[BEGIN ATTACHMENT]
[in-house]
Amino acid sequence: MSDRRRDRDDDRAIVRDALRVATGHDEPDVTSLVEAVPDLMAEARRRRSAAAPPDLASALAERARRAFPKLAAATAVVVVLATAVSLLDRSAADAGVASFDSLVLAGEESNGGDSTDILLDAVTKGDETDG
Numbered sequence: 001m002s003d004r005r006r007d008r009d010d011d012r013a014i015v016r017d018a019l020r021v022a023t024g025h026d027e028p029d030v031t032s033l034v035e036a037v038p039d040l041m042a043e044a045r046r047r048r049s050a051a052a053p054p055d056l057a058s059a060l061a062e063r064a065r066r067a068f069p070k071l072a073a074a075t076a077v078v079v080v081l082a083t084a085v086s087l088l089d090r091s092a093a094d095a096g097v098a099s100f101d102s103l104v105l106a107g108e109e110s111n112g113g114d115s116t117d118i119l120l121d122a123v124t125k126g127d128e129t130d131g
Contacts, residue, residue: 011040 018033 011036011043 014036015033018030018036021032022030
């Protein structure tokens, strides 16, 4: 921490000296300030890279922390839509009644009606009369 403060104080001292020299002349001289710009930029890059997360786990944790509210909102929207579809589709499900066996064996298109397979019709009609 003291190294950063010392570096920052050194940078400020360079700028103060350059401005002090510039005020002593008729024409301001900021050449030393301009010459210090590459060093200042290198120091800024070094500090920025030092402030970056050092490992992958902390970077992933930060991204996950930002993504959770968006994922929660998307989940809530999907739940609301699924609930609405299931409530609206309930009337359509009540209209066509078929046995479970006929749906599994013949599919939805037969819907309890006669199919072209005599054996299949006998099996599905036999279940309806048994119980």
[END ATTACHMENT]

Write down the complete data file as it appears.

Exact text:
[in-house]
Amino acid sequence: MSDRRRDRDDDRAIVRDALRVATGHDEPDVTSLVEAVPDLMAEARRRRSAAAPPDLASALAERARRAFPKLAAATAVVVVLATAVSLLDRSAADAGVASFDSLVLAGEESNGGDSTDILLDAVTKGDETDG
Numbered sequence: 001m002s003d004r005r006r007d008r009d010d011d012r013a014i015v016r017d018a019l020r021v022a023t024g025h026d027e028p029d030v031t032s033l034v035e036a037v038p039d040l041m042a043e044a045r046r047r048r049s050a051a052a053p054p055d056l057a058s059a060l061a062e063r064a065r066r067a068f069p070k071l072a073a074a075t076a077v078v079v080v081l082a083t084a085v086s087l088l089d090r091s092a093a094d095a096g097v098a099s100f101d102s103l104v105l106a107g108e109e110s111n112g113g114d115s116t117d118i119l120l121d122a123v124t125k126g127d128e129t130d131g
Contacts, residue, residue: 011040 018033 011036011043 014036015033018030018036021032022030
């Protein structure tokens, strides 16, 4: 921490000296300030890279922390839509009644009606009369 403060104080001292020299002349001289710009930029890059997360786990944790509210909102929207579809589709499900066996064996298109397979019709009609 003291190294950063010392570096920052050194940078400020360079700028103060350059401005002090510039005020002593008729024409301001900021050449030393301009010459210090590459060093200042290198120091800024070094500090920025030092402030970056050092490992992958902390970077992933930060991204996950930002993504959770968006994922929660998307989940809530999907739940609301699924609930609405299931409530609206309930009337359509009540209209066509078929046995479970006929749906599994013949599919939805037969819907309890006669199919072209005599054996299949006998099996599905036999279940309806048994119980």